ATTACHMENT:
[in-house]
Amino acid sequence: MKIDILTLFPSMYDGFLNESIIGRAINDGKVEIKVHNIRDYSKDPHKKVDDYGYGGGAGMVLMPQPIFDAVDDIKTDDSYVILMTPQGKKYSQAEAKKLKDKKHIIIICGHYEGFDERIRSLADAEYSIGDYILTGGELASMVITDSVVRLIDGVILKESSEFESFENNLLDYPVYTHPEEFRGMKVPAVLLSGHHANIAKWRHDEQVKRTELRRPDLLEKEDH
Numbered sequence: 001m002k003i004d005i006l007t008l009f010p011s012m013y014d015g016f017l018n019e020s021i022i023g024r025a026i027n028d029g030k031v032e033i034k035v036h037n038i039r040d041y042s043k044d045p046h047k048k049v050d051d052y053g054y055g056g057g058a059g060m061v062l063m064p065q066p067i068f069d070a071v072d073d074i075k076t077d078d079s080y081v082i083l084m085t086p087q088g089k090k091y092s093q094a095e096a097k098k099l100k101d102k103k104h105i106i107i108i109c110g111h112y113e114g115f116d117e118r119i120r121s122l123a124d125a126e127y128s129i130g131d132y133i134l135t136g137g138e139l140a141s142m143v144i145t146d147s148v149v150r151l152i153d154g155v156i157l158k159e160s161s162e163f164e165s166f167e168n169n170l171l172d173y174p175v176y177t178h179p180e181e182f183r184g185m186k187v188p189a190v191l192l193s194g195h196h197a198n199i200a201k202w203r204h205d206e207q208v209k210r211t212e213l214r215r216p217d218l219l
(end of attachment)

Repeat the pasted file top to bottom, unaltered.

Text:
[in-house]
Amino acid sequence: MKIDILTLFPSMYDGFLNESIIGRAINDGKVEIKVHNIRDYSKDPHKKVDDYGYGGGAGMVLMPQPIFDAVDDIKTDDSYVILMTPQGKKYSQAEAKKLKDKKHIIIICGHYEGFDERIRSLADAEYSIGDYILTGGELASMVITDSVVRLIDGVILKESSEFESFENNLLDYPVYTHPEEFRGMKVPAVLLSGHHANIAKWRHDEQVKRTELRRPDLLEKEDH
Numbered sequence: 001m002k003i004d005i006l007t008l009f010p011s012m013y014d015g016f017l018n019e020s021i022i023g024r025a026i027n028d029g030k031v032e033i034k035v036h037n038i039r040d041y042s043k044d045p046h047k048k049v050d051d052y053g054y055g056g057g058a059g060m061v062l063m064p065q066p067i068f069d070a071v072d073d074i075k076t077d078d079s080y081v082i083l084m085t086p087q088g089k090k091y092s093q094a095e096a097k098k099l100k101d102k103k104h105i106i107i108i109c110g111h112y113e114g115f116d117e118r119i120r121s122l123a124d125a126e127y128s129i130g131d132y133i134l135t136g137g138e139l140a141s142m143v144i145t146d147s148v149v150r151l152i153d154g155v156i157l158k159e160s161s162e163f164e165s166f167e168n169n170l171l172d173y174p175v176y177t178h179p180e181e182f183r184g185m186k187v188p189a190v191l192l193s194g195h196h197a198n199i200a201k202w203r204h205d206e207q208v209k210r211t212e213l214r215r216p217d218l219l